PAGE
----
May the surgeons and nurses and other surgical staff be guided to perform at the height of their skill. May my friends recover from surgery fully healed, without negative side effects or complications. May the cancers be contained and eradicated. We prayed for them last night here in our house, and we will hold them in our thoughts this morning and throughout the day.

What are my problems in the face of such suffering and life-altering disease? May we all find perspective and some modicum of peace when we examine and consider the suffering of others.

Wednesday, March 26, 2008

Back in the Saddle

Dear Readers,

I have been out of town for the long holiday weekend, visiting family along the Eastern Seaboard. If you and yours celebrate Easter, I hope it was joyous. And if you celebrated Purim, joy and merriment to you as well!

Traveling by Amtrak had its ups and downs, but overall it was worthwhile not having to drive all of those arduous miles. (I am also aware that train travel is a good choice vis-a-vis environmental impact). Still, getting around by train in the U.S. is nothing like it is in other countries, and I found myself pining for the timely, clean, and comfortable trains of Europe.

Now, here I am back at home, happy to be in my own space, and ready to get back to work once again. Stay tuned for the usual frequent blog posts, and please keep those comments, cards, and letters coming!


Thursday, March 20, 2008

Change of Shift, Vol. 2, No. 19

The newest edition of Change of Shift is now available for your reading pleasure. Change of Shift, the brain-child of Kim McAllister at Emergiblog, brings you some of the best blogging by nurses anywhere in the blogosphere. I highly recommend a perusal, and many thanks to Kim for keeping Change of Shift active and dynamic.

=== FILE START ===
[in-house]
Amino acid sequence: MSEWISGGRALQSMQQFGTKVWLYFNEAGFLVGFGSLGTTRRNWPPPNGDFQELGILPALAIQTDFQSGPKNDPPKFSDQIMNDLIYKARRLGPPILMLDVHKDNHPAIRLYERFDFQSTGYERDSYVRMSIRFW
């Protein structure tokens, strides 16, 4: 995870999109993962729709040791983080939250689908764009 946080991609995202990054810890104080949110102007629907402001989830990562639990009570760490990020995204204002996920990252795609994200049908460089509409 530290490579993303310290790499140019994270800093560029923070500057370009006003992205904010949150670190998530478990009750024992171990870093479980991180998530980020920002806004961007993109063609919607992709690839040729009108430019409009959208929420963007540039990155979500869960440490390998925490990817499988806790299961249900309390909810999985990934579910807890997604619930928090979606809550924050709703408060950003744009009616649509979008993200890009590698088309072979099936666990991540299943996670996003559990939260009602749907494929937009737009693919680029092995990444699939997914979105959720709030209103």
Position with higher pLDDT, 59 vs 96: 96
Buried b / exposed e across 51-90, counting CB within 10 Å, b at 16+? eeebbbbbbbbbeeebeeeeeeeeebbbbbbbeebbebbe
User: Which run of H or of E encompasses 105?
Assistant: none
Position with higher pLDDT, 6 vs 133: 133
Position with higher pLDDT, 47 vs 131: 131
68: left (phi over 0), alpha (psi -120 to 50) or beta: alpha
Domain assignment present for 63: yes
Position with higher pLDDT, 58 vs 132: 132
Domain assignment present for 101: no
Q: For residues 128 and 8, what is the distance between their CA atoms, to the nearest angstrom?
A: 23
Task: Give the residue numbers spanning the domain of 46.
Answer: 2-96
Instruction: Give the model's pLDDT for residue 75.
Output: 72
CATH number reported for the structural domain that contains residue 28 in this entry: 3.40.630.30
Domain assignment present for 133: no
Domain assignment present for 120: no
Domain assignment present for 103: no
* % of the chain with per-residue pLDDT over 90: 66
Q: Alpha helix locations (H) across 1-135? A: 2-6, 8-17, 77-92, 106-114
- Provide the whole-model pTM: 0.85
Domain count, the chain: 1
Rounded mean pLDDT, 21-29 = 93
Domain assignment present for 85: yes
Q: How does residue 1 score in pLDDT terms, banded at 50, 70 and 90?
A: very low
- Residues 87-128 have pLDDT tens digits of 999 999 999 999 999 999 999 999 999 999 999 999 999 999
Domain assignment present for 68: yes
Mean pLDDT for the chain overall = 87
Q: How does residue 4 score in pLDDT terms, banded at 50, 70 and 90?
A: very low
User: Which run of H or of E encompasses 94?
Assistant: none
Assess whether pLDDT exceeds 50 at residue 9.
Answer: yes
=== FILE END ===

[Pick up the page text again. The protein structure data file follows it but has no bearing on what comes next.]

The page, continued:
Sunday, March 16, 2008

The Ides of March

"Beware the Ides of March" was the soothsayer's warning to Julius Caesar prior to his assassination in 44 B.C., and the saying was apparently ingrained in the English language by William Shakespeare in his play Julius Caesar as a warning of impending doom.

According to Wikipedia, "the term ides was used for the 15th day of the months of March, May, July, and October, and the 13th day of the other 8 months" (in the Roman calendar).

In my life, the Ides of March signifies one of the most difficult times of the year. Living in New England, mid-March generally manifests as a blustery and damp time of fickle weather, fluctuating temperatures, chilly winds, and a deep longing for a Spring that is painfully slow to arrive. In the latter portions of March and early April, "mud season" arrives as the ground thaws and fills with the moisture from melting snow and ice. In March, our warmth- and sun-starved faces turn towards the sun whose appearances are still frustratingly brief. Still, with extended Daylight Savings Time and the natural course of solar events, sunset comes later and later, and the return of the light is upon us.

As I so recently opined, March also brings several death anniversaries, as well as the birthdays of a number of deceased loved ones, a potentially unfortunate synchronicity. But perhaps this inward and historically melancholy time is naturally and simply perfect for reflection and grief. One must remember that, on the heels of this most interminable winter, Spring is just around the corner, bringing with it longer days, brighter sun, blooming trees and grasses, and rising temperatures.